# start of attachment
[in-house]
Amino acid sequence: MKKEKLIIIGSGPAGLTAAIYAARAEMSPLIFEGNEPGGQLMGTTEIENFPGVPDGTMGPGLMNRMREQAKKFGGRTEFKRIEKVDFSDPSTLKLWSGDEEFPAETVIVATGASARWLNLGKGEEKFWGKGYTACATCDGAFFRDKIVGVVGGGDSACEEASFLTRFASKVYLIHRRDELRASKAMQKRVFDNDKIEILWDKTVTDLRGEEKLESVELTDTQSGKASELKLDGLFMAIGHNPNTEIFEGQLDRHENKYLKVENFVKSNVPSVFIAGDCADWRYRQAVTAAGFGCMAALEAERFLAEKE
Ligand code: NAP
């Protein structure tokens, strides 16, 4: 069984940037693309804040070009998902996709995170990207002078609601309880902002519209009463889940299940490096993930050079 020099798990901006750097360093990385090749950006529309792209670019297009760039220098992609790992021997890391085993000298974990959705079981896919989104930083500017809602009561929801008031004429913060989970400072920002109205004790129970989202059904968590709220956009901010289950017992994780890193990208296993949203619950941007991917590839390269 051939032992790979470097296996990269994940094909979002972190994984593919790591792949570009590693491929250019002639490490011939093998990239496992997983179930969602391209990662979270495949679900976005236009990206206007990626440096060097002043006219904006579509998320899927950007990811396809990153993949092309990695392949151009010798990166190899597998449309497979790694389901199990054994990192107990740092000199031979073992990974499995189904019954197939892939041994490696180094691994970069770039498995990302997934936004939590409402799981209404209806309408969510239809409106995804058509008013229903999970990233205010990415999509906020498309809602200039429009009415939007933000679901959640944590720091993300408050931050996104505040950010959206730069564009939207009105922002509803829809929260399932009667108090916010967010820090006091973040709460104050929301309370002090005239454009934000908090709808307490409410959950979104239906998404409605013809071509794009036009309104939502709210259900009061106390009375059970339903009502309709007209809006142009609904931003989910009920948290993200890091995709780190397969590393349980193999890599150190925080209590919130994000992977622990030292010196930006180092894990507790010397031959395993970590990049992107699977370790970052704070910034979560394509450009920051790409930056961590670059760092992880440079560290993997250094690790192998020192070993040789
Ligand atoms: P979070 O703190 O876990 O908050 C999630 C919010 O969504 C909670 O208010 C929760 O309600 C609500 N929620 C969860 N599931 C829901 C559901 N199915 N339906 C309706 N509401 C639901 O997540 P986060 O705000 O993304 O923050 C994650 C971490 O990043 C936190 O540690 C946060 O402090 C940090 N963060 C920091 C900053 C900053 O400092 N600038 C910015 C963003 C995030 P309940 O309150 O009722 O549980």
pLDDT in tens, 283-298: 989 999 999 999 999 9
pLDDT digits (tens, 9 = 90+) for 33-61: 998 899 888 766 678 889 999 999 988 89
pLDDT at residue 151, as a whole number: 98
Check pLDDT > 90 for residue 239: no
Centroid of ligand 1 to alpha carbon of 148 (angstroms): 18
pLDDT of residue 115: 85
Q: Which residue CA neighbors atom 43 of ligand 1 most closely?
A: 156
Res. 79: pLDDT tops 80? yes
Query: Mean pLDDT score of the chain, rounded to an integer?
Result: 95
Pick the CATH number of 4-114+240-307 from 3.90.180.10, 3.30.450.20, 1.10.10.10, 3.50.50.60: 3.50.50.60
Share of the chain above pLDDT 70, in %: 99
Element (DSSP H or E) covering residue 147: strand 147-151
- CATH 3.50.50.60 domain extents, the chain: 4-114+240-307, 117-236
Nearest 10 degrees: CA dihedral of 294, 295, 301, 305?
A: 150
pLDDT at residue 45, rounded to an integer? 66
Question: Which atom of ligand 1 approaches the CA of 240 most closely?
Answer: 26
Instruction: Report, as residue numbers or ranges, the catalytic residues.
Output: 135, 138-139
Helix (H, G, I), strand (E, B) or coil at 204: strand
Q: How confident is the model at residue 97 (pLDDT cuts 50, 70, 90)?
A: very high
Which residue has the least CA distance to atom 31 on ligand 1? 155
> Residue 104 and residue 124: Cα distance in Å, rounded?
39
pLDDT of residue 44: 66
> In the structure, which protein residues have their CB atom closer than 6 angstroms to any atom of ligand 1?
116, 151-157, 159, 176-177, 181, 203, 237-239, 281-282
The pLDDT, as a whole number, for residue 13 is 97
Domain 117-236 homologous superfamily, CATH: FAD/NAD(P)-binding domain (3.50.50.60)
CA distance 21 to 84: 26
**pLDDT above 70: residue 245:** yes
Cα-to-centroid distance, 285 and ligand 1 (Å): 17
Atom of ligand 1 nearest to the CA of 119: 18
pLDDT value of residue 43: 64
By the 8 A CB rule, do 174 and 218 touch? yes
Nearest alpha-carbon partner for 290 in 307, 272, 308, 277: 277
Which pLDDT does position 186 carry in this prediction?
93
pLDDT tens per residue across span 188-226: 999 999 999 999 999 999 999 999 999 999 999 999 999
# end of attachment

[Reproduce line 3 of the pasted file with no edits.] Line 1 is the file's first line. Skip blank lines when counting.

Ligand code: NAP